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Wetherby 01937 583210
Malton 01653 692247

07 May 2015 Litigation

Knowledge is power and detailed knowledge of customers will greatly improve your chances of obtaining payment if they should later become debtors. For the small but problematic proportion of outstanding debts that are likely to lead to court action, it is vitally important to ensure that you have enough information to enforce a judgment successfully should the need arise. In this article Ware & Kay Solicitors, advise business owners to handle all new enquiries with extra care. "In the excitement of taking on a new customer or contract, before you begin your first transaction, take care to obtain as much information as possible to ensure that you can pursue them effectively in the event of non-payment," says Jethro. New consumer customers If your customers are consumers, obtain personal information, carry out credit checks and validate telephone…
27 April 2015 Litigation

2014 No. 874 (L. 17) 1. This explanatory memorandum has been prepared by the Ministry of Justice and is laid before Parliament by Command of Her Majesty. This memorandum contains information for the Joint Committee on Statutory Instruments. 2. Purpose of the instrument 2.1 This instrument changes existing fees in the Civil Proceedings Fees Order 2008. The fee changes are being brought as part of a wider review of fees across the civil court system to ensure that the income they generate more closely matches the costof the service being provided. The instrument changes the wording for some fees to reflect changes resulting from the creation of the single County Court on 22 April 2014. 3. Matters of special interest to the Joint Committee on Statutory Instruments 3.1 References in the Order to "a county court" or "county courts…
22 April 2015 Litigation

"To hear the words 'a boundary dispute' is to fill a judge, even of the most stalwart and amiable disposition, with a deep foreboding since disputes with neighbours tend always to compel… some unreasonable and extravagant display of unneighbourly behaviour which profits no one but the lawyers" A little cynical, perhaps; but that was Lord Justice Ward's view in the leading case of Alan Wibberley Building v Insley (1998), who rightfully observes, that whilst every dispute has the potential to become personal to the parties involved - the parties become entrenched and it becomes a "matter of principle" - that is even more so, when the parties are engaged in a boundary dispute. Often, the land subject to the dispute has little or no substantial monetary value; but it may have a real non-money value…
07 March 2015 Litigation

Court fees are set to increase with effect from 9 March 2015, the necessary legislation having passed through the House of Lords this week. For claims under £10,000, fees to issue the claim will not increase. For claims above £10,000, the fee to issue the claim will increase to 5% of the value of the claim, for example £750 to issue a claim for £15,000 (as opposed to £455 now) or £2,500 to issue a claim for £50,000 (as against £610 now). The maximum issue fee for a money claim will be capped at £10,000 (for claims of £200,000 or above). The current maximum issue fee is £1,910, so, not surprisingly, the increases are controversial, and seen as having potential implications for access to justice. Money claims include both debts and claims for damages (for…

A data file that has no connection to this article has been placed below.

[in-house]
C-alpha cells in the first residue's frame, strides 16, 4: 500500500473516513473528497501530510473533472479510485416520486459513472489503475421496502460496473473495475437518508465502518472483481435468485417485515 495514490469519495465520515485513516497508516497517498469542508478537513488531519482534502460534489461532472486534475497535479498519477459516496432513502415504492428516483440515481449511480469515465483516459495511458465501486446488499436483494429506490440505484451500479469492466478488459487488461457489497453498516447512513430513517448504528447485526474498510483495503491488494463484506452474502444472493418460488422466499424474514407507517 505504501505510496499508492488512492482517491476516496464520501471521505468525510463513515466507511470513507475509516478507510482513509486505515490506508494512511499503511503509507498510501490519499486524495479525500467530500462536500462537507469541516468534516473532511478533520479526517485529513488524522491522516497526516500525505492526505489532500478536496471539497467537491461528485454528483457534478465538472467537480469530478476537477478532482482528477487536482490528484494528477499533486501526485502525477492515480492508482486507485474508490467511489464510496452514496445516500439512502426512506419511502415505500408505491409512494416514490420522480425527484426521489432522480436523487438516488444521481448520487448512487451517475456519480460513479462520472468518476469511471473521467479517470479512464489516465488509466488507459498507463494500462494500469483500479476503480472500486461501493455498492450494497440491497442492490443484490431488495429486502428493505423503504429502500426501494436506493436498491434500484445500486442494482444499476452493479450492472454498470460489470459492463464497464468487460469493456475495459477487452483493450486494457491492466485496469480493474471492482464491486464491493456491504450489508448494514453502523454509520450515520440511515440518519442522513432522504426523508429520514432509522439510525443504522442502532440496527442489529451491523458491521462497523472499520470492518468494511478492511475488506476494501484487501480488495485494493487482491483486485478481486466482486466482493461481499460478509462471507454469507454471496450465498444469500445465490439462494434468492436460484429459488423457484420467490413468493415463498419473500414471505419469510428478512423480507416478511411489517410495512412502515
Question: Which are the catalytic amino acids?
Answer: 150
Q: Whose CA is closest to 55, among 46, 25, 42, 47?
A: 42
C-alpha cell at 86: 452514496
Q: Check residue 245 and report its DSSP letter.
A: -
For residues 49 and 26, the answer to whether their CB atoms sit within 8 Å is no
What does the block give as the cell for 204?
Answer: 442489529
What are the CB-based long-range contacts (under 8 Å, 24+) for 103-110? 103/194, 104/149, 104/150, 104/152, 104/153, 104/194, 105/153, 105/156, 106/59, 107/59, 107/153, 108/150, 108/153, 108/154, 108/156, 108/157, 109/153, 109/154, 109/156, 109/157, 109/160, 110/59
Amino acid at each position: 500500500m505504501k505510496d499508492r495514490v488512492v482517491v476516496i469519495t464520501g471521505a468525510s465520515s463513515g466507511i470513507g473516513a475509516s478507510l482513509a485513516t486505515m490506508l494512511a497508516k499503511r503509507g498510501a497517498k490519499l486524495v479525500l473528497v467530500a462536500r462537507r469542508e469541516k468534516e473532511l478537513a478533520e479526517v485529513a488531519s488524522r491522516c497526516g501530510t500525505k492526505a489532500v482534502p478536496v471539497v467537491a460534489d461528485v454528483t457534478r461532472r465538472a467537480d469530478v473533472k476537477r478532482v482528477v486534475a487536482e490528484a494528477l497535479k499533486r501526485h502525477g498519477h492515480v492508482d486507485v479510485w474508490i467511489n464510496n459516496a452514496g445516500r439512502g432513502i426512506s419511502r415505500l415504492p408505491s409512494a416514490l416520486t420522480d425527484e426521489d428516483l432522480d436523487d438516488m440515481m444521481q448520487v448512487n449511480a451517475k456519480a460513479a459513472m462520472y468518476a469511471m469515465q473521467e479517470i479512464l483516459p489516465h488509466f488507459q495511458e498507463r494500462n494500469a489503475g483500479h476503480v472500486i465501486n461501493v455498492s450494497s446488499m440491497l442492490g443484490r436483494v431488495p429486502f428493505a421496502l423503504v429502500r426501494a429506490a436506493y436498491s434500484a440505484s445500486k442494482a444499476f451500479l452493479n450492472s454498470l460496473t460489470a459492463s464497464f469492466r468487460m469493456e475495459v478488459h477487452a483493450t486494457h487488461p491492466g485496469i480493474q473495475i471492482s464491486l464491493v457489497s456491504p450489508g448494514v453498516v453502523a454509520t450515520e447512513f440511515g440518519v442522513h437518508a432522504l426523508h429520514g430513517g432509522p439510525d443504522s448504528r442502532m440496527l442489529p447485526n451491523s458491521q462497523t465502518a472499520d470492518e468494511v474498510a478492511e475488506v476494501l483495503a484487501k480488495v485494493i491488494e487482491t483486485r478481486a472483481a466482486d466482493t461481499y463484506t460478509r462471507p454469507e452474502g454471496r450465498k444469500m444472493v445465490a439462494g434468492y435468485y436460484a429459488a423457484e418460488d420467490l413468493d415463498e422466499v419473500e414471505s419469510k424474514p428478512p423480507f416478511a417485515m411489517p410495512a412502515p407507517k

10 January 2015 Litigation

A major dispute with a supplier or customer can jeopardise your entire business, especially when a contract is of strategic importance. Resolving disagreements at the earliest opportunity is key to ensuring that a supply chain relationship does not break down irretrievably. It also can be a major distraction from the day-to-day running of the business. We can help to relieve both the distraction and ease the stress and pressure. The litigation team at Ware & Kay understands the commercial issues at stake, and getting us involved early can ensure that you keep your business on track. Prevention is of course always better than cure. An important step in avoiding any business dispute is to ensure that you have correctly drawn up terms and conditions that are bespoke to your business. Buying a standard set of…
11 July 2014 Litigation

Courts and Tribunals exist to make decisions on disputes, but using them is expensive, time-consuming and stressful. For many years now it has been expected that parties using Courts and Tribunals do so as a last, not a first, resort. This is backed up, particularly in the civil courts, by the power of the courts to penalise those who do not make a reasonable attempt to resolve disputes before resorting to litigation. Traditionally negotiation, either in writing or by telephone or in meetings, has been the way of trying to reach a compromise, or at least reduce the areas which are in dispute. That remains the case. There are, however, now other options available, such as mediation (a form of negotiation facilitated by a third party) or arbitration (which can be binding or non-binding). Many…
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